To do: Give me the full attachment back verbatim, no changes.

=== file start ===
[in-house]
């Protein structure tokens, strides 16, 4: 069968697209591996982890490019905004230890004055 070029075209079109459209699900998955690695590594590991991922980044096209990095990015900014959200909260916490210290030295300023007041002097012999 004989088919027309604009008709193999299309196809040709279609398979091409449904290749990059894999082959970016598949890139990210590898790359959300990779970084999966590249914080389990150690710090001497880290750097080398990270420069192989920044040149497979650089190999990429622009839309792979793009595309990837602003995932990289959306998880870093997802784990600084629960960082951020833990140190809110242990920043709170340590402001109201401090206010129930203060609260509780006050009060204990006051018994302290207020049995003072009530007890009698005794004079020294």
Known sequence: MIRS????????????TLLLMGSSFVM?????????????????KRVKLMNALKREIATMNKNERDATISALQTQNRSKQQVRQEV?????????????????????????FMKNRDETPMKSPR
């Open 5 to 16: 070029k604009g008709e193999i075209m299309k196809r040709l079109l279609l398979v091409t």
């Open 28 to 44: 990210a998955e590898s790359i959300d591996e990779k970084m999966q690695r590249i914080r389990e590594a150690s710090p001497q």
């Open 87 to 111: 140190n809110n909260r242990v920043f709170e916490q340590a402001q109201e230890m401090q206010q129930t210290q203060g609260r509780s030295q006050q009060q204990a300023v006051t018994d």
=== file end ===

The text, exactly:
[in-house]
């Protein structure tokens, strides 16, 4: 069968697209591996982890490019905004230890004055 070029075209079109459209699900998955690695590594590991991922980044096209990095990015900014959200909260916490210290030295300023007041002097012999 004989088919027309604009008709193999299309196809040709279609398979091409449904290749990059894999082959970016598949890139990210590898790359959300990779970084999966590249914080389990150690710090001497880290750097080398990270420069192989920044040149497979650089190999990429622009839309792979793009595309990837602003995932990289959306998880870093997802784990600084629960960082951020833990140190809110242990920043709170340590402001109201401090206010129930203060609260509780006050009060204990006051018994302290207020049995003072009530007890009698005794004079020294």
Known sequence: MIRS????????????TLLLMGSSFVM?????????????????KRVKLMNALKREIATMNKNERDATISALQTQNRSKQQVRQEV?????????????????????????FMKNRDETPMKSPR
């Open 5 to 16: 070029k604009g008709e193999i075209m299309k196809r040709l079109l279609l398979v091409t």
């Open 28 to 44: 990210a998955e590898s790359i959300d591996e990779k970084m999966q690695r590249i914080r389990e590594a150690s710090p001497q």
């Open 87 to 111: 140190n809110n909260r242990v920043f709170e916490q340590a402001q109201e230890m401090q206010q129930t210290q203060g609260r509780s030295q006050q009060q204990a300023v006051t018994d």